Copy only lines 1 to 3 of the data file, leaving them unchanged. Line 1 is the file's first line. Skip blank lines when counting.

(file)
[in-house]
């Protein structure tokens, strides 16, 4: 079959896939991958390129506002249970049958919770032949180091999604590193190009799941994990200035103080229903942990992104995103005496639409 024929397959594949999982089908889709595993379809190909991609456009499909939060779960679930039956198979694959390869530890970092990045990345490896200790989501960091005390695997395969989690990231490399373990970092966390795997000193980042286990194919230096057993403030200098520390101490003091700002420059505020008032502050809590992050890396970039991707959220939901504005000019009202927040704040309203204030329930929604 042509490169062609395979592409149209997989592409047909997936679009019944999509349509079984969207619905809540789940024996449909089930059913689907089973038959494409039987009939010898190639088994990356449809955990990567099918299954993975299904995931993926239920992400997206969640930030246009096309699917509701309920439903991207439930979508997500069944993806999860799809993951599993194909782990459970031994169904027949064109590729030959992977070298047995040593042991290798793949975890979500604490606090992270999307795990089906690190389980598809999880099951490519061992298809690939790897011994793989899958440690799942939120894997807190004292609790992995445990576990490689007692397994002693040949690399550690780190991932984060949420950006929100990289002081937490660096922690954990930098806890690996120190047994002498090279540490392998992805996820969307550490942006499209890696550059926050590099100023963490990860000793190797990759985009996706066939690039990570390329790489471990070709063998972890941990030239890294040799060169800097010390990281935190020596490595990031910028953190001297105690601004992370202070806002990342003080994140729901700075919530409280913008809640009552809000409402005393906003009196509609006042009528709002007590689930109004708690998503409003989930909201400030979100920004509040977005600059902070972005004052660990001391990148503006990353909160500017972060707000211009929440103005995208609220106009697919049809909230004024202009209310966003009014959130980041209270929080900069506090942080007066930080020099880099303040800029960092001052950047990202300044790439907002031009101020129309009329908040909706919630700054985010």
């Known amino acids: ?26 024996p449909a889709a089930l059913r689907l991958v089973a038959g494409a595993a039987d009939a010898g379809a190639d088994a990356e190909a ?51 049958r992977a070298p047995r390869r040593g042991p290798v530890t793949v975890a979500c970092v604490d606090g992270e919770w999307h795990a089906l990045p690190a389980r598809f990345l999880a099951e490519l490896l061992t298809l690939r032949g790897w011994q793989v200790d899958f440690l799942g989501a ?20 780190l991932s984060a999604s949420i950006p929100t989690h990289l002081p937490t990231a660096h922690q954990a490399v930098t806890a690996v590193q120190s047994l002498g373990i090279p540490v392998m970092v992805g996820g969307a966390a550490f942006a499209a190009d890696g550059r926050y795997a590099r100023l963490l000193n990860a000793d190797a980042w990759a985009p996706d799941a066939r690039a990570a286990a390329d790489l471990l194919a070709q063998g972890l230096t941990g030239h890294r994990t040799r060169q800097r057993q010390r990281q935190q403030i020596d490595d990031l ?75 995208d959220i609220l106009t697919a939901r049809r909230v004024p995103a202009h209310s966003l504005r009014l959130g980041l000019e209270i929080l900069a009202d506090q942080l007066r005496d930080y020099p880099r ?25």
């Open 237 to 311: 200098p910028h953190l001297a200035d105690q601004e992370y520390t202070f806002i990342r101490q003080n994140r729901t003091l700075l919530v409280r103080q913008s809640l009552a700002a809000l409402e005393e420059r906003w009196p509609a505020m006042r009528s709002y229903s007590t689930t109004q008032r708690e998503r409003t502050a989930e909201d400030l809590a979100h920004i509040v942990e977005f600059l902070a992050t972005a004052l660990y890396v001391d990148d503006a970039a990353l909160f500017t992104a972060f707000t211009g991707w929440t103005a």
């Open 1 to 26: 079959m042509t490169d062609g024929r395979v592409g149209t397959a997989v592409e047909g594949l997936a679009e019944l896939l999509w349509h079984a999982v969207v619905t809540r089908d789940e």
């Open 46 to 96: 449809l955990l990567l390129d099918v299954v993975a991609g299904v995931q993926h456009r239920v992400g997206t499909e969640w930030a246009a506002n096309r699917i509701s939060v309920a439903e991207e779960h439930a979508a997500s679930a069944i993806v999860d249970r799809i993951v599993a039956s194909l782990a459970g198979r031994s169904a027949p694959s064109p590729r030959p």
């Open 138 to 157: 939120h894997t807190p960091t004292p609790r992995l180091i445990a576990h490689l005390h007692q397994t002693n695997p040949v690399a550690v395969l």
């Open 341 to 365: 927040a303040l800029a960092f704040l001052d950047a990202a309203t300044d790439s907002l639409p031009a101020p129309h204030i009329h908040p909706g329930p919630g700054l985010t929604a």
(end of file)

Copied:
[in-house]
């Protein structure tokens, strides 16, 4: 079959896939991958390129506002249970049958919770032949180091999604590193190009799941994990200035103080229903942990992104995103005496639409 024929397959594949999982089908889709595993379809190909991609456009499909939060779960679930039956198979694959390869530890970092990045990345490896200790989501960091005390695997395969989690990231490399373990970092966390795997000193980042286990194919230096057993403030200098520390101490003091700002420059505020008032502050809590992050890396970039991707959220939901504005000019009202927040704040309203204030329930929604 042509490169062609395979592409149209997989592409047909997936679009019944999509349509079984969207619905809540789940024996449909089930059913689907089973038959494409039987009939010898190639088994990356449809955990990567099918299954993975299904995931993926239920992400997206969640930030246009096309699917509701309920439903991207439930979508997500069944993806999860799809993951599993194909782990459970031994169904027949064109590729030959992977070298047995040593042991290798793949975890979500604490606090992270999307795990089906690190389980598809999880099951490519061992298809690939790897011994793989899958440690799942939120894997807190004292609790992995445990576990490689007692397994002693040949690399550690780190991932984060949420950006929100990289002081937490660096922690954990930098806890690996120190047994002498090279540490392998992805996820969307550490942006499209890696550059926050590099100023963490990860000793190797990759985009996706066939690039990570390329790489471990070709063998972890941990030239890294040799060169800097010390990281935190020596490595990031910028953190001297105690601004992370202070806002990342003080994140729901700075919530409280913008809640009552809000409402005393906003009196509609006042009528709002007590689930109004708690998503409003989930909201400030979100920004509040977005600059902070972005004052660990001391990148503006990353909160500017972060707000211009929440103005995208609220106009697919049809909230004024202009209310966003009014959130980041209270929080900069506090942080007066930080020099880099303040800029960092001052950047990202300044790439907002031009101020129309009329908040909706919630700054985010």
């Known amino acids: ?26 024996p449909a889709a089930l059913r689907l991958v089973a038959g494409a595993a039987d009939a010898g379809a190639d088994a990356e190909a ?51 049958r992977a070298p047995r390869r040593g042991p290798v530890t793949v975890a979500c970092v604490d606090g992270e919770w999307h795990a089906l990045p690190a389980r598809f990345l999880a099951e490519l490896l061992t298809l690939r032949g790897w011994q793989v200790d899958f440690l799942g989501a ?20 780190l991932s984060a999604s949420i950006p929100t989690h990289l002081p937490t990231a660096h922690q954990a490399v930098t806890a690996v590193q120190s047994l002498g373990i090279p540490v392998m970092v992805g996820g969307a966390a550490f942006a499209a190009d890696g550059r926050y795997a590099r100023l963490l000193n990860a000793d190797a980042w990759a985009p996706d799941a066939r690039a990570a286990a390329d790489l471990l194919a070709q063998g972890l230096t941990g030239h890294r994990t040799r060169q800097r057993q010390r990281q935190q403030i020596d490595d990031l ?75 995208d959220i609220l106009t697919a939901r049809r909230v004024p995103a202009h209310s966003l504005r009014l959130g980041l000019e209270i929080l900069a009202d506090q942080l007066r005496d930080y020099p880099r ?25």